During the mid-1990s, Quiksilver derived roughly 40 percent of total revenues from surf shops and nearly 45 percent from specialty shops. After building its department store business significantly during the latter half of the 1980s, the company had largely abandoned these retailers by the mid-1990s, deriving less than 15 percent of total sales from department stores. This shift back to the company's roots was perceived as a positive step by a number of industry analysts, as was the company's encouraging financial growth. Between 1992 and 1995, annual net income rose from $371,000 to more than $10 million, while sales leaped from $89 million to $172 million. As the company prepared for the late 1990s in the wake of this robust growth, expectations were high, fueling confidence that years ahead would strengthen Quiksilver's market position as a dominant force.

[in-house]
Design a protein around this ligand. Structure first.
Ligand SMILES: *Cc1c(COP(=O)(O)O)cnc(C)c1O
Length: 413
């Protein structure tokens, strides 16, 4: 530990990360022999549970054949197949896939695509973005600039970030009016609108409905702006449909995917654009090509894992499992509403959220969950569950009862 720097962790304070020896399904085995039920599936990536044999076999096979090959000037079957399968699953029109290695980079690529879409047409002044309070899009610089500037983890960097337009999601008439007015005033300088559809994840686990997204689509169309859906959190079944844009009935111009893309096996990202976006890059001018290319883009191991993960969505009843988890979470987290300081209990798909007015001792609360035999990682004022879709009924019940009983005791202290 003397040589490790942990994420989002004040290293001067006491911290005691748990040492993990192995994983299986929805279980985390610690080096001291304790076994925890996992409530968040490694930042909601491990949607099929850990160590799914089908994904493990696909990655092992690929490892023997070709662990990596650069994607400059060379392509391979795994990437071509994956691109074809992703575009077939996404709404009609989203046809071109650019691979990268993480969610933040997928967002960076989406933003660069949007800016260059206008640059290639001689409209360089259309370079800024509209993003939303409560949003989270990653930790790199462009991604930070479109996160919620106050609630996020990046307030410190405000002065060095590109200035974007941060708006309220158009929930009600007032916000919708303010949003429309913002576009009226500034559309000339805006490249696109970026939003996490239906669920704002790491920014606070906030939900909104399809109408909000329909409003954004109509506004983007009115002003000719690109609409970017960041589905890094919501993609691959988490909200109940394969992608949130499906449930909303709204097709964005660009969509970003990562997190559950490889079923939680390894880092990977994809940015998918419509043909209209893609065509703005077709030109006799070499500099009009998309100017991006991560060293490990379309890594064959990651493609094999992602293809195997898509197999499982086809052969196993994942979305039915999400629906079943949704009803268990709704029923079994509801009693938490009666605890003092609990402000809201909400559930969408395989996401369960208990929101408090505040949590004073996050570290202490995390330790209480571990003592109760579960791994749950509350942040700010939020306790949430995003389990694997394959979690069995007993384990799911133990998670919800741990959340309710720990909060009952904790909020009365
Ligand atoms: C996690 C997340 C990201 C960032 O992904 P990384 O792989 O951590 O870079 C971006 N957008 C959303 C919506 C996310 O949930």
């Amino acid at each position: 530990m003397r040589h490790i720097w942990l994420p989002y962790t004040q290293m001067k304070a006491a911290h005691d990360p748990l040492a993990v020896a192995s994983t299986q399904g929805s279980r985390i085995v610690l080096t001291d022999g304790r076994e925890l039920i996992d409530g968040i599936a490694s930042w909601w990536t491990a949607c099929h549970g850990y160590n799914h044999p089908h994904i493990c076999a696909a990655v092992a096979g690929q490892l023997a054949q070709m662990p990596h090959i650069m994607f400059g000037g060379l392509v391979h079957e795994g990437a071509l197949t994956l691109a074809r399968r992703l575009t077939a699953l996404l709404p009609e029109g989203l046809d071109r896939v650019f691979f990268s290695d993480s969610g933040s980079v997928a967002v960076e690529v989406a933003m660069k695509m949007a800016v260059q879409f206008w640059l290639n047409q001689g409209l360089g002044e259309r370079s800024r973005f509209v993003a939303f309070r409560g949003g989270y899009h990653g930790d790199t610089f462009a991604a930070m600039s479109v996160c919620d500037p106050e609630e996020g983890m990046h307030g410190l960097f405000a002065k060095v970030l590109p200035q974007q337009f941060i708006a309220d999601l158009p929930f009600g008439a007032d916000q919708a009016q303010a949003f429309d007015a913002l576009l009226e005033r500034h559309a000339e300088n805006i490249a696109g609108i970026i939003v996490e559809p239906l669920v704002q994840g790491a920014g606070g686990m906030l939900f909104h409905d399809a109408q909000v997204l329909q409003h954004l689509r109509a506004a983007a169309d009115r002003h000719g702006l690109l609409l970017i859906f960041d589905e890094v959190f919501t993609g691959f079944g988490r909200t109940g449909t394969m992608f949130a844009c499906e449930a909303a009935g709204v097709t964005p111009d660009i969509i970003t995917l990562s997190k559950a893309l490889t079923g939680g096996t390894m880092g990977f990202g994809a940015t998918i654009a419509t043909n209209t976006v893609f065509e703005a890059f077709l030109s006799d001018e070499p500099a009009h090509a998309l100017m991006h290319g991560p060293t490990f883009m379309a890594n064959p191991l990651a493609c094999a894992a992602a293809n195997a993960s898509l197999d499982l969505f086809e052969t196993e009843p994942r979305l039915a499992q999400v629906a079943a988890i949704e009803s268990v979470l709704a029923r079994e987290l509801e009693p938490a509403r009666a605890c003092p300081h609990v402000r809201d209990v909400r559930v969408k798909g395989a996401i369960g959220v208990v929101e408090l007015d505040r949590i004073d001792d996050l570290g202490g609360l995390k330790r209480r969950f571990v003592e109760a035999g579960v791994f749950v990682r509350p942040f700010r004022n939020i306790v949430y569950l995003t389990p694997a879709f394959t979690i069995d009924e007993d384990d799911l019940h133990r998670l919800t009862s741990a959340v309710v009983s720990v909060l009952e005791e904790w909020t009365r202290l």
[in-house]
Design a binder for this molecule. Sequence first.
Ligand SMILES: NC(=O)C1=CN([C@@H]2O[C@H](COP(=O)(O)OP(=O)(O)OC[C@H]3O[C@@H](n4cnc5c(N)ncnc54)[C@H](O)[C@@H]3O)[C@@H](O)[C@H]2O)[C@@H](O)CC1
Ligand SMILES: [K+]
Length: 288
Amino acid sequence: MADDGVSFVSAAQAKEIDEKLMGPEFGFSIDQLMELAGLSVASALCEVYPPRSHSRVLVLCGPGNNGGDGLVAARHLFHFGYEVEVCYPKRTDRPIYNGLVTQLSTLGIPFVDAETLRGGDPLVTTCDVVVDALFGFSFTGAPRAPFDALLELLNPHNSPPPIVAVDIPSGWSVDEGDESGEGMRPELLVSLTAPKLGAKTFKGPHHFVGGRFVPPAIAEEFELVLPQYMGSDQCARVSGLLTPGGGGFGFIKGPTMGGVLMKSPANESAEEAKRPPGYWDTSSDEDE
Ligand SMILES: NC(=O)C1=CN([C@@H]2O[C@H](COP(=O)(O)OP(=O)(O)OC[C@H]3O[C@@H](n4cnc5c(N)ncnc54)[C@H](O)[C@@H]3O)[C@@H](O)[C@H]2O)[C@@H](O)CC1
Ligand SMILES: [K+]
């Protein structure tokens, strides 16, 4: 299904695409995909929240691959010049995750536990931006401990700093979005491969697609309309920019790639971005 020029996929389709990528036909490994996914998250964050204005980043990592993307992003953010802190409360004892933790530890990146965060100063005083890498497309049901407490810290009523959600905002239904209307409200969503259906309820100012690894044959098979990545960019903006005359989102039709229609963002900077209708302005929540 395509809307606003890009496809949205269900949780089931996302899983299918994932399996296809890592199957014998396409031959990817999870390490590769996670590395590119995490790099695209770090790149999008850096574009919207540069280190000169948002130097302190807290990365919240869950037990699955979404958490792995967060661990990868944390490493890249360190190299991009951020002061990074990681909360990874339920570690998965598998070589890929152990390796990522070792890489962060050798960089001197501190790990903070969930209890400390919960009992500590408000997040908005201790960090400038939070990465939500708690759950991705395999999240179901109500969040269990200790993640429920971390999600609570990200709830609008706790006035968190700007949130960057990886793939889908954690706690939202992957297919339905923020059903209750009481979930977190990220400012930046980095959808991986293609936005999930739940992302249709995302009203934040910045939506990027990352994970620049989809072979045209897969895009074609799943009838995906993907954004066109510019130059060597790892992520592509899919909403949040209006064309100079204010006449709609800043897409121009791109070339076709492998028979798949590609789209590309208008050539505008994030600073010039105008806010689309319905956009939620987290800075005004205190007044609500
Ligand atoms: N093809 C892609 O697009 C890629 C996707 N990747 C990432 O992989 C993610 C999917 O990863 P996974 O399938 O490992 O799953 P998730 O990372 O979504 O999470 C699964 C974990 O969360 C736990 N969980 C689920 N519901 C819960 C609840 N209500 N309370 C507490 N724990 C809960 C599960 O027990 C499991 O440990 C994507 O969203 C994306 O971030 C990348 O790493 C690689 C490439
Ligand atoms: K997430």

Principal Subsidiaries: Quiksilver Europe; The Raisin Company, Inc.; ATI Apparel Trade International; QS International, Inc.